As inventive as Agatha Christie, as hilarious as P. G. Wodehouse - discover the delightful detective stories of Edmund Crispin. Crime fiction at its quirkiest and best.
Holy Disorders takes Oxford don and part-time detective Gervase Fen to the town of Tolnbridge, where he is happily bounding around with a butterfly net until the cathedral organist is murdered, giving Fen the chance to play sleuth. The man didn't have an enemy in the world, and even his music was inoffensive: could he have fallen foul of a nest of German spies or of the local coven of witches, ominously rumored to have been practicing since the 17th century?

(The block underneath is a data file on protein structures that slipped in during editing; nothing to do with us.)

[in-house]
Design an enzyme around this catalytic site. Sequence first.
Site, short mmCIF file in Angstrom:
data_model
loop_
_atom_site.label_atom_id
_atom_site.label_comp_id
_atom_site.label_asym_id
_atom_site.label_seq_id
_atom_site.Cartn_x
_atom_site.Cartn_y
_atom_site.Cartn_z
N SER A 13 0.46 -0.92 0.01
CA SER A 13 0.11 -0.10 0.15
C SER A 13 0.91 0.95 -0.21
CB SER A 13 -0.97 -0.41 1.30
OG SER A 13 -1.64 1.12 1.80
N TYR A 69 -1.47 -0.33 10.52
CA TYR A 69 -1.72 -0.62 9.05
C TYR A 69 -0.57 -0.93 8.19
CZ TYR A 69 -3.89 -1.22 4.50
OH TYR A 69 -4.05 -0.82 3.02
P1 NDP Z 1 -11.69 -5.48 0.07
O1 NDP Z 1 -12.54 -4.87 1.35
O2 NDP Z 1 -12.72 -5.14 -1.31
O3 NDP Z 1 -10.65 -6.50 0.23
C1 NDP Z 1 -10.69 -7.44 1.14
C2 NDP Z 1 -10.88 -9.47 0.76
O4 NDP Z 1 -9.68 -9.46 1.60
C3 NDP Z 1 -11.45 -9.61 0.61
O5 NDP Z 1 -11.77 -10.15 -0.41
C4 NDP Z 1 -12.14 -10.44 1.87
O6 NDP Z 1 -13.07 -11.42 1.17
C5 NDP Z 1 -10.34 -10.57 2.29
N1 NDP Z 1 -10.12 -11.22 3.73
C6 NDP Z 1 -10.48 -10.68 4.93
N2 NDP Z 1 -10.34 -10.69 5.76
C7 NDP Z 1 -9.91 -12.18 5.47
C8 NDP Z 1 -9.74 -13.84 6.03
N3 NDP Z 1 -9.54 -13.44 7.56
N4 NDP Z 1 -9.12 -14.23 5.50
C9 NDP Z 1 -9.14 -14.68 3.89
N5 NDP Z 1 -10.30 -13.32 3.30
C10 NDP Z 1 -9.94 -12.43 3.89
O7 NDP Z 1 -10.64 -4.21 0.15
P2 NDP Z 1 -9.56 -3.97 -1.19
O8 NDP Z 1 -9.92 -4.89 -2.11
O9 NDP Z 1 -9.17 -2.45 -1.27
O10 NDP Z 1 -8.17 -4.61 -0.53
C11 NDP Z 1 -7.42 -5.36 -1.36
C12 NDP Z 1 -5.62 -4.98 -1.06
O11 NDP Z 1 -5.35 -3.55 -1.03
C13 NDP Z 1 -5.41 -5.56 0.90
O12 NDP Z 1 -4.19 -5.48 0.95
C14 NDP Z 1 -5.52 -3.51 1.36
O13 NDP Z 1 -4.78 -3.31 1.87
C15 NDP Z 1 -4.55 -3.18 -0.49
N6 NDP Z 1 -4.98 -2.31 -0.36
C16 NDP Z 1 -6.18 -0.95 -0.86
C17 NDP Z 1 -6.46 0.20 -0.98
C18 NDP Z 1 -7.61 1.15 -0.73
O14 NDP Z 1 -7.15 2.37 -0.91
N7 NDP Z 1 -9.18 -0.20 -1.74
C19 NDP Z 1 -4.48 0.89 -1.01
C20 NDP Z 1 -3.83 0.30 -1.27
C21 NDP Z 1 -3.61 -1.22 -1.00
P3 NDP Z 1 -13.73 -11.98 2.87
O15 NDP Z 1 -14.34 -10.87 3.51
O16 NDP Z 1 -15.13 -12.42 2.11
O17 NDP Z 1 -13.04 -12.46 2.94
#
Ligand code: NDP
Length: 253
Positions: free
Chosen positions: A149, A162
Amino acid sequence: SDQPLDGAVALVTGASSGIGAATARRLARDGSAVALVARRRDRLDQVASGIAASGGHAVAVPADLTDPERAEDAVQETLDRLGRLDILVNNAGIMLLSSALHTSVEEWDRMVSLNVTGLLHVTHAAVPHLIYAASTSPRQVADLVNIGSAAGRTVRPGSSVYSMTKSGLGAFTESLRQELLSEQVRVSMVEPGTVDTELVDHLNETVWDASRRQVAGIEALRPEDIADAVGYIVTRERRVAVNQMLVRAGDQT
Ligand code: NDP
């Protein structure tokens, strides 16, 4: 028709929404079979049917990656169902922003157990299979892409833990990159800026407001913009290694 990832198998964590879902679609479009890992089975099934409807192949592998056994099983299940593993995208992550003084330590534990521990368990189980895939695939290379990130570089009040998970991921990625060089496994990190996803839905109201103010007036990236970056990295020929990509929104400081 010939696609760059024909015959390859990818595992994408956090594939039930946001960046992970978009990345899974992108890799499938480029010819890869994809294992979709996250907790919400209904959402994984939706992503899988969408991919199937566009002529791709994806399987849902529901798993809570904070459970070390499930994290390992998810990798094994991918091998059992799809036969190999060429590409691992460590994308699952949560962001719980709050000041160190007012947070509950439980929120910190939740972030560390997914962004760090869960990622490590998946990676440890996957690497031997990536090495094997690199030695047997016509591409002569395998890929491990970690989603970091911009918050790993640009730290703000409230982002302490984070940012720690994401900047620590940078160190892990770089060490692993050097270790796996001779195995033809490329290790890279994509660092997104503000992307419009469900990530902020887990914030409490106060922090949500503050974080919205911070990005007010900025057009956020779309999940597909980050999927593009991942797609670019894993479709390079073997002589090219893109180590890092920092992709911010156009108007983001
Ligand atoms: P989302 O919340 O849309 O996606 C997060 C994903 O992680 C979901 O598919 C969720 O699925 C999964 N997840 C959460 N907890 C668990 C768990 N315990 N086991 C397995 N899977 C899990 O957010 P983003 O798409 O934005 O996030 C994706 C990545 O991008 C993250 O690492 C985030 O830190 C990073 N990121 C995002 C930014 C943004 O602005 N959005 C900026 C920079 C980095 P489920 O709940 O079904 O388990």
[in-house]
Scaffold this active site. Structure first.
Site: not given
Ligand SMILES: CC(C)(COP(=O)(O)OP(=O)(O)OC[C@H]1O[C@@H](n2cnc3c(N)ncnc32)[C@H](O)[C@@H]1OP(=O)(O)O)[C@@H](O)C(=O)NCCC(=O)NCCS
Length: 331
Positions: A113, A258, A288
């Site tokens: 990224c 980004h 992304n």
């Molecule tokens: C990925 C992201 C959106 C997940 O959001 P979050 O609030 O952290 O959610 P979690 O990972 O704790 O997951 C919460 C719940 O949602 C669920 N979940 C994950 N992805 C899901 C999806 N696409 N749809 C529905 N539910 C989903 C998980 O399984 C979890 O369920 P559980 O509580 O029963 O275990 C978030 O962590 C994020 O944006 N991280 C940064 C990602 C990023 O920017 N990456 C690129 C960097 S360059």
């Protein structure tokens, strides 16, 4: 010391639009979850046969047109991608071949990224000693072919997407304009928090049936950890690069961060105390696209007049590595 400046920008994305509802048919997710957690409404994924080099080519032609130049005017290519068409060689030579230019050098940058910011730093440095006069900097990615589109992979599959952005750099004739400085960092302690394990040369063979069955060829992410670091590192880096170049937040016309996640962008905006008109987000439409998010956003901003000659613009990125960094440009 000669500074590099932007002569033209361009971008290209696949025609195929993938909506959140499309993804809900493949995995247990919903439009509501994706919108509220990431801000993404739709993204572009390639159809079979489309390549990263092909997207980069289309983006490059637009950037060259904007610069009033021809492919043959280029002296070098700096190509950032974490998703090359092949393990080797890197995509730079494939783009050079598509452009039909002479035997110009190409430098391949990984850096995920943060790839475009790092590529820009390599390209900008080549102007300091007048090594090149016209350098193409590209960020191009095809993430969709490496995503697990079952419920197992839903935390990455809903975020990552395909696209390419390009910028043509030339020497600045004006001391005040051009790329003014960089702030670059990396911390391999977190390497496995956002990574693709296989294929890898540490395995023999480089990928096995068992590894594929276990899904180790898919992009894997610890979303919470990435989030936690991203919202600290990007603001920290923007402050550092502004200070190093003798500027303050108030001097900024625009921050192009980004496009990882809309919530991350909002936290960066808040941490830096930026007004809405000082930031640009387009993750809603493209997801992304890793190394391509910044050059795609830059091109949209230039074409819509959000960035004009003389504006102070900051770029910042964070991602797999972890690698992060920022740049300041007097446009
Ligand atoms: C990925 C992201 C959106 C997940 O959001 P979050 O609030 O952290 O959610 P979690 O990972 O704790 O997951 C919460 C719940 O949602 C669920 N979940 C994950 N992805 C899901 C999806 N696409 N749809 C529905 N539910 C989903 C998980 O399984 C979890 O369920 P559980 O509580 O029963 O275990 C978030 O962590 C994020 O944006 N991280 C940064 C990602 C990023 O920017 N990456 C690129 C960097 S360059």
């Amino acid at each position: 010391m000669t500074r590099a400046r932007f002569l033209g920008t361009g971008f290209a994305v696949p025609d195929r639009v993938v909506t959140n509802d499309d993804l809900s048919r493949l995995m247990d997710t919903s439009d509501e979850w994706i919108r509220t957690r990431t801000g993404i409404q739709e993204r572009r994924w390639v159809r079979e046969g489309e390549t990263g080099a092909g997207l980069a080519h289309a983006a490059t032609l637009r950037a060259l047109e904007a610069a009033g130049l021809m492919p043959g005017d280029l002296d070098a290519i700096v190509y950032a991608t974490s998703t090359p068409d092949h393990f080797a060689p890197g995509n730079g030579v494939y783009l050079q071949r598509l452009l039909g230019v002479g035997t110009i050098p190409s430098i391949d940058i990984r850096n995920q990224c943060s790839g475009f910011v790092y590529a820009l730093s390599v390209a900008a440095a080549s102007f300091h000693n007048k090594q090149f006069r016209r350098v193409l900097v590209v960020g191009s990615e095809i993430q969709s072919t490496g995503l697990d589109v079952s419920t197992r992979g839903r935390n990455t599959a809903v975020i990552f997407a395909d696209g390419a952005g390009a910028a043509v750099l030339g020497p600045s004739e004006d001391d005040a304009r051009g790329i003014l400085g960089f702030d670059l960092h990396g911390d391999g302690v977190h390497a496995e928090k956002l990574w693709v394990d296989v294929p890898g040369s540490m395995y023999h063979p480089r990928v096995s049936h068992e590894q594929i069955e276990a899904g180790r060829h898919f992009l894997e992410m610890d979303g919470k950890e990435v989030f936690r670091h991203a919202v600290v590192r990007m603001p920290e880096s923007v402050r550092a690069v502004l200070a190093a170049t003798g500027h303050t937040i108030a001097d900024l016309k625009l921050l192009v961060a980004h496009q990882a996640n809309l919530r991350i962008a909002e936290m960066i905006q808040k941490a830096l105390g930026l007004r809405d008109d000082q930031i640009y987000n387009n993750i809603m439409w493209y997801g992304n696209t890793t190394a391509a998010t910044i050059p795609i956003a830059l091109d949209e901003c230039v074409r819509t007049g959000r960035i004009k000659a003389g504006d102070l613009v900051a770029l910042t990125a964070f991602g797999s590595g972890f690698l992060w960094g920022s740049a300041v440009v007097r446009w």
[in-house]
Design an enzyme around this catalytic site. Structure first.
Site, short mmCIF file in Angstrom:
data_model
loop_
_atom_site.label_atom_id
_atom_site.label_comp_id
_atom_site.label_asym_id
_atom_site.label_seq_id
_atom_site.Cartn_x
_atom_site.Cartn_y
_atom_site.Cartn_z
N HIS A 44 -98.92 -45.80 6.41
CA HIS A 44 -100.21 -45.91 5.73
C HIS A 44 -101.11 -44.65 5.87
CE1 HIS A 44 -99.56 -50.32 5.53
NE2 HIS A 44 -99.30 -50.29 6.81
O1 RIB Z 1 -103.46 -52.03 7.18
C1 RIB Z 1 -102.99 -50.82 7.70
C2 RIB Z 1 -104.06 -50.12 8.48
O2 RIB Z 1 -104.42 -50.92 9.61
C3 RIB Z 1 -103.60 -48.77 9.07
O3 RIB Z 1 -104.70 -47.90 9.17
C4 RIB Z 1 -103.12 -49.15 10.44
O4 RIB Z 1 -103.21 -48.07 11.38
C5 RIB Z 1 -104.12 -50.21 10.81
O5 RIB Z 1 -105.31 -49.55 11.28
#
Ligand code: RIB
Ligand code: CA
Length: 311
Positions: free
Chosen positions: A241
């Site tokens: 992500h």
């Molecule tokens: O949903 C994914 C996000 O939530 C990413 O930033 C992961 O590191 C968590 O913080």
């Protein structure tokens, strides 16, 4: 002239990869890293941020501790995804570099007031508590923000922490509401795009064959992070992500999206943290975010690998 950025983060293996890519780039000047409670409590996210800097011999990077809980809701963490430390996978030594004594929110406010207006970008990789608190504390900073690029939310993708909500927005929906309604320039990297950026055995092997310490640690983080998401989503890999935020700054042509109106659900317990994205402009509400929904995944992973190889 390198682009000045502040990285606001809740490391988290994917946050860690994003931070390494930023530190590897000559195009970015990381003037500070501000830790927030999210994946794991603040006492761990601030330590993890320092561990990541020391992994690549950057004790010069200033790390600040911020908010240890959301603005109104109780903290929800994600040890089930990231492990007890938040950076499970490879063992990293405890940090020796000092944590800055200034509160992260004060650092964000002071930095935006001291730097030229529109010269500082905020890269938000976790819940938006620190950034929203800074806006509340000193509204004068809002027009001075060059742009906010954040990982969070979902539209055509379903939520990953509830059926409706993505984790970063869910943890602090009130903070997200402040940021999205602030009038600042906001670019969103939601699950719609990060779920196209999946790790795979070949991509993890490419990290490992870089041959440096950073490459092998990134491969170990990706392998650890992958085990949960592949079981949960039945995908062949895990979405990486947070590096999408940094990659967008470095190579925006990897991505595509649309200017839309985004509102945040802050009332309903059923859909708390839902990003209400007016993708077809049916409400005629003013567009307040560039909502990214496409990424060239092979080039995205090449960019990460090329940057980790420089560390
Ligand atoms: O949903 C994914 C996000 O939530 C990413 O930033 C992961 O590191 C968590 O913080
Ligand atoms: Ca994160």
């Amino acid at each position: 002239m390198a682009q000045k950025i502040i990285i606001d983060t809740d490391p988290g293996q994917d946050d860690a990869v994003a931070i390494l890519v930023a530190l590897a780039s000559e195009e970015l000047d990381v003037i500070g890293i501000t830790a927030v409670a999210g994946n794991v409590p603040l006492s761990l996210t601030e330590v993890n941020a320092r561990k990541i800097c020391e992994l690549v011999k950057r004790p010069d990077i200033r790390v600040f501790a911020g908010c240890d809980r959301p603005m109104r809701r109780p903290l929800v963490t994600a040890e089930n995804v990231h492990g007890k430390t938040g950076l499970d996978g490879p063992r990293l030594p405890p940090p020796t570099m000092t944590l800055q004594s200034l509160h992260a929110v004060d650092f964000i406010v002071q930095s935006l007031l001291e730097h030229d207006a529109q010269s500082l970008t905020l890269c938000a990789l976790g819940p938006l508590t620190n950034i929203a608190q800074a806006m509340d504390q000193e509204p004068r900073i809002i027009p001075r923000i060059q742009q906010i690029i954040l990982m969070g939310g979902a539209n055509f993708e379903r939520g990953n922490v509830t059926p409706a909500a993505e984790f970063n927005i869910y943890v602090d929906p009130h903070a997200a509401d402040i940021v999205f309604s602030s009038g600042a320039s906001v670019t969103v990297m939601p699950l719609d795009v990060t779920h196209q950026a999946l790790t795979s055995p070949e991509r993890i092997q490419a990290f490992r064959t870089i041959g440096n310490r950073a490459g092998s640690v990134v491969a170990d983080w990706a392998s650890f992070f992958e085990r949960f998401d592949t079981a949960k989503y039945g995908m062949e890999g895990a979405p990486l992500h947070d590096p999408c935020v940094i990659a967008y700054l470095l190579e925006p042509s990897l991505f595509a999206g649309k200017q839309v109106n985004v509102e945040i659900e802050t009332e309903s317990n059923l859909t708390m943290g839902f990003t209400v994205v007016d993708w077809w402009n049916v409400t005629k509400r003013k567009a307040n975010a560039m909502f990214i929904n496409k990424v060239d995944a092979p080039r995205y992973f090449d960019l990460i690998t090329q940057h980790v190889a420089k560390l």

Classic Crispin with some laugh out loud moments and another of his homage to M R James ghost stories. I guessed the killer early on but this didn't spoil my enjoyment.
Not one of Crispin's best. Nothing acutely wrong with it, it's just kind of dull. Shame as Buried For Please and Glimpses of the Moon are wonderful
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